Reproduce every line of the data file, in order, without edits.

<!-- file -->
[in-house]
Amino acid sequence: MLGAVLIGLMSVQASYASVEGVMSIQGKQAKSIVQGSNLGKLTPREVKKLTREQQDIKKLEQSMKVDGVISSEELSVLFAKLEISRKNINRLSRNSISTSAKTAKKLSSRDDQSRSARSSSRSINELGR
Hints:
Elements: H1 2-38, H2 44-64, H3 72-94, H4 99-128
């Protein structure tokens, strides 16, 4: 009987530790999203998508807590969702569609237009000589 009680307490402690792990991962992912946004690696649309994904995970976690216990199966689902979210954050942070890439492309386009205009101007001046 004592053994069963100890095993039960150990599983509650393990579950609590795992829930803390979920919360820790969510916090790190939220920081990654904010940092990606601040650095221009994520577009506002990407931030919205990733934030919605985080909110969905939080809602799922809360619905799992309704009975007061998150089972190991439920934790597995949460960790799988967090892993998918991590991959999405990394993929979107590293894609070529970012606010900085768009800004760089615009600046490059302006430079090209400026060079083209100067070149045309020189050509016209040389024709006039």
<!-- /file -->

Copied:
[in-house]
Amino acid sequence: MLGAVLIGLMSVQASYASVEGVMSIQGKQAKSIVQGSNLGKLTPREVKKLTREQQDIKKLEQSMKVDGVISSEELSVLFAKLEISRKNINRLSRNSISTSAKTAKKLSSRDDQSRSARSSSRSINELGR
Hints:
Elements: H1 2-38, H2 44-64, H3 72-94, H4 99-128
């Protein structure tokens, strides 16, 4: 009987530790999203998508807590969702569609237009000589 009680307490402690792990991962992912946004690696649309994904995970976690216990199966689902979210954050942070890439492309386009205009101007001046 004592053994069963100890095993039960150990599983509650393990579950609590795992829930803390979920919360820790969510916090790190939220920081990654904010940092990606601040650095221009994520577009506002990407931030919205990733934030919605985080909110969905939080809602799922809360619905799992309704009975007061998150089972190991439920934790597995949460960790799988967090892993998918991590991959999405990394993929979107590293894609070529970012606010900085768009800004760089615009600046490059302006430079090209400026060079083209100067070149045309020189050509016209040389024709006039």